by Brian Carlton

The N.C. Department of Transportation expects to start construction in fall 2013 on a toll lane project that could reduce congestion on Interstate 77.

Plans call for one High Occupancy Toll lane in each direction along I-77, from Exit 28 in Cornelius to Exit 36 in Mooresville. HOT lanes will be built in the median. They could open for use in fall 2015.

Drivers without passengers would be charged a toll, with rates changing during peak driving times.

“This is something we’re working on through a public-private partnership,” NCDOT spokesperson Jen Thompson said. “If we don’t use this method, it’ll be 10 years at least, before the funding is available.”

Funding has long been the issue in getting the project off the ground.

The section of I-77 that runs through the Lake Norman area was built in the 1970s and has not been expanded since. The regional transportation authority has more than 200 projects on its list, with the ability to fund less than half of those. The I-77 HOT Lane project is ranked near the bottom of the list.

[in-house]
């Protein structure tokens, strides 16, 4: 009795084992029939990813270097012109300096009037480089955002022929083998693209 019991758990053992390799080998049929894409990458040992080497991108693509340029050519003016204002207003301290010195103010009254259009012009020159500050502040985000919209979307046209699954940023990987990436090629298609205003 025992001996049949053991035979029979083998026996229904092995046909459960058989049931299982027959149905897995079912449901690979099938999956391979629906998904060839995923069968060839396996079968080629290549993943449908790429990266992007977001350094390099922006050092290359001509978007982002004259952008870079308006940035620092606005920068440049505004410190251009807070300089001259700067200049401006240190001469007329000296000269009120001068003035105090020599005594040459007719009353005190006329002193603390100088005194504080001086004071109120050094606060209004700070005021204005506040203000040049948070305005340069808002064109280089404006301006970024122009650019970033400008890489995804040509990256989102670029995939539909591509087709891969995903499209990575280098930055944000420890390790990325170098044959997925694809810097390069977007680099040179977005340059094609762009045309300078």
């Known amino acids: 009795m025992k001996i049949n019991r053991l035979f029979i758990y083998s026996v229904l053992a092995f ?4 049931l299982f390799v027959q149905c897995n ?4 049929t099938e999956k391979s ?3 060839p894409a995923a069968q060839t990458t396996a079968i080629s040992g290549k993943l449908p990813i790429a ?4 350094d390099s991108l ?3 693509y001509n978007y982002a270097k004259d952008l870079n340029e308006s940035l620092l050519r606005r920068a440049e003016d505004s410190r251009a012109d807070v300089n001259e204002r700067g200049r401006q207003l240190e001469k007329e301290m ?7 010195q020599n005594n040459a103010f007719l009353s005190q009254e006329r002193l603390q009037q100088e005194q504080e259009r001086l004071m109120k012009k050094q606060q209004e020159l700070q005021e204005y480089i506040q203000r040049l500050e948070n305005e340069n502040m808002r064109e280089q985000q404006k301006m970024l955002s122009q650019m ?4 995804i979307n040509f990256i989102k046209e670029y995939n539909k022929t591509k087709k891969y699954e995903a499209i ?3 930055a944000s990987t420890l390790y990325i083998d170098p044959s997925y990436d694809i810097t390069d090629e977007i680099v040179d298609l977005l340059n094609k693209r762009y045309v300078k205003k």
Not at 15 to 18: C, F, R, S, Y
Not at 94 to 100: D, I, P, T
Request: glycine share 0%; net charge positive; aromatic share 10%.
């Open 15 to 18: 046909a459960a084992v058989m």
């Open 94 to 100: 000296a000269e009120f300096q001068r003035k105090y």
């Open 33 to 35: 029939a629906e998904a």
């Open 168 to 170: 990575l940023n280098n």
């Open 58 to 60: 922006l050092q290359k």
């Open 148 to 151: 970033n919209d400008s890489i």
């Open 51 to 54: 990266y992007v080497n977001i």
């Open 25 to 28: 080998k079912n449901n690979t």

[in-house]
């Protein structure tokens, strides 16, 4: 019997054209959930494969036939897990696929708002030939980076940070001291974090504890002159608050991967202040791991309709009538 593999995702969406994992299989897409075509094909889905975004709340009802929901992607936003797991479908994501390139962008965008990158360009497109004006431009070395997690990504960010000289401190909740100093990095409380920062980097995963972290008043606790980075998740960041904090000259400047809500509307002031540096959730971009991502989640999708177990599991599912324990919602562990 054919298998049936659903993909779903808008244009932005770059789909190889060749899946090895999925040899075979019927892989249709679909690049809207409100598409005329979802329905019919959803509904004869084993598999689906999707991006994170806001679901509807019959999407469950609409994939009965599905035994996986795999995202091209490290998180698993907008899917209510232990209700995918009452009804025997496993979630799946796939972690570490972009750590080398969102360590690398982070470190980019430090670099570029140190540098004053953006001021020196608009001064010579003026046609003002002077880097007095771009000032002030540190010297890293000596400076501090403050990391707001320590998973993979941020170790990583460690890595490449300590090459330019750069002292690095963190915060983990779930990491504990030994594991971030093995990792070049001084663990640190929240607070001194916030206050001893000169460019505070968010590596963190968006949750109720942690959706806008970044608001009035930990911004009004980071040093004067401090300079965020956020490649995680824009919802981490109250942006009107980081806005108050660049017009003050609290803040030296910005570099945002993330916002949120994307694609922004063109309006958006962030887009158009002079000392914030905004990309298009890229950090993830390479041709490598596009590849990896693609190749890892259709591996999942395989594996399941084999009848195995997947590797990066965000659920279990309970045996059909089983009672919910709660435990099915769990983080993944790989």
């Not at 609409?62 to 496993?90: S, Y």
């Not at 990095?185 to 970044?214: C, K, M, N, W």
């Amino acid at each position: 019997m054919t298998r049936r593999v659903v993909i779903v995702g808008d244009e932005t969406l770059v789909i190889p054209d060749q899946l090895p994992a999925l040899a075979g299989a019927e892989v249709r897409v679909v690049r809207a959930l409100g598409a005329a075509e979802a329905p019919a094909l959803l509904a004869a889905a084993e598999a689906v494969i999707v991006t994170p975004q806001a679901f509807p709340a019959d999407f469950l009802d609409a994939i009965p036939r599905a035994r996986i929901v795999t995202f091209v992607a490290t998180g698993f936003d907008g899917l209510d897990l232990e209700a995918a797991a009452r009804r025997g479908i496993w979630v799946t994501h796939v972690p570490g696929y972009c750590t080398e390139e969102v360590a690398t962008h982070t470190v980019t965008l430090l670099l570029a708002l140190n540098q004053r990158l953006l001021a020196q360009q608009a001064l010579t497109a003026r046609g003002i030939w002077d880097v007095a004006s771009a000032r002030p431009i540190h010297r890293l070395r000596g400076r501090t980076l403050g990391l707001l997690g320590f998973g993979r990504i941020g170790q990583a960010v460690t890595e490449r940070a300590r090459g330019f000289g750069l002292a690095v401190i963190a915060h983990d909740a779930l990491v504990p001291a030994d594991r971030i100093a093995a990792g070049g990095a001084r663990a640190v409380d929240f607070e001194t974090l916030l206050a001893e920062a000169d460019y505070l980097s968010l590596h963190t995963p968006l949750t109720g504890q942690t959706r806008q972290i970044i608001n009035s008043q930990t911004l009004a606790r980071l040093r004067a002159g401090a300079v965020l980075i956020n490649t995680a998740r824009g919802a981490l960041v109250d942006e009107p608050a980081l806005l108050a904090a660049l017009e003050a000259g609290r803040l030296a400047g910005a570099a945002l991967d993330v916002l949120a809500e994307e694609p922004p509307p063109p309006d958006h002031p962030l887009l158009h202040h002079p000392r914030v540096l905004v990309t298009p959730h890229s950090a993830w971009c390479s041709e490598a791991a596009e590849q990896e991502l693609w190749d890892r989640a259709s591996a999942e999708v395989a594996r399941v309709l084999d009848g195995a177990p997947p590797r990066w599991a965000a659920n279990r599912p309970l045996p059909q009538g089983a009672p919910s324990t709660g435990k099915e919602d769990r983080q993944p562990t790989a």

A price tag has not been attached to the project, as NCDOT officials say the cost could change, depending on the final design.

Another issue relates to construction and design. Two other HOT lane segments have been planned for and approved along I-77, stretching from I-85 to Exit 28. The third segment however, has to go over Lake Norman and to do that, NCDOT has to get permission from Duke Energy to widen the causeways, as the utility company operates the lake.

NCDOT engineer Louis Mitchell said the state hasn’t discussed what form the lanes could take with Duke Energy, but it plans to have that conversation when the project is further along.

“Typically, we go to them on a project like this when we’re at 25 percent of design,” Mitchell said of working with Duke Energy. “Right now, we’re just collecting information from the public and planning.”

That’s why NCDOT members held the public meetings Aug. 1 and 2 to get public input. The Aug. 1 meeting was held at the Cornelius Town Hall, with staff members on hand to answer questions and provide data.

Mitchell assured residents that the project they saw now would be the same one when it goes out to bid.

“Nothing will change,” Mitchell said. “You won’t see additional lanes or anything not covered in the meetings. If we changed the number of lanes, we would have to start this process all over.”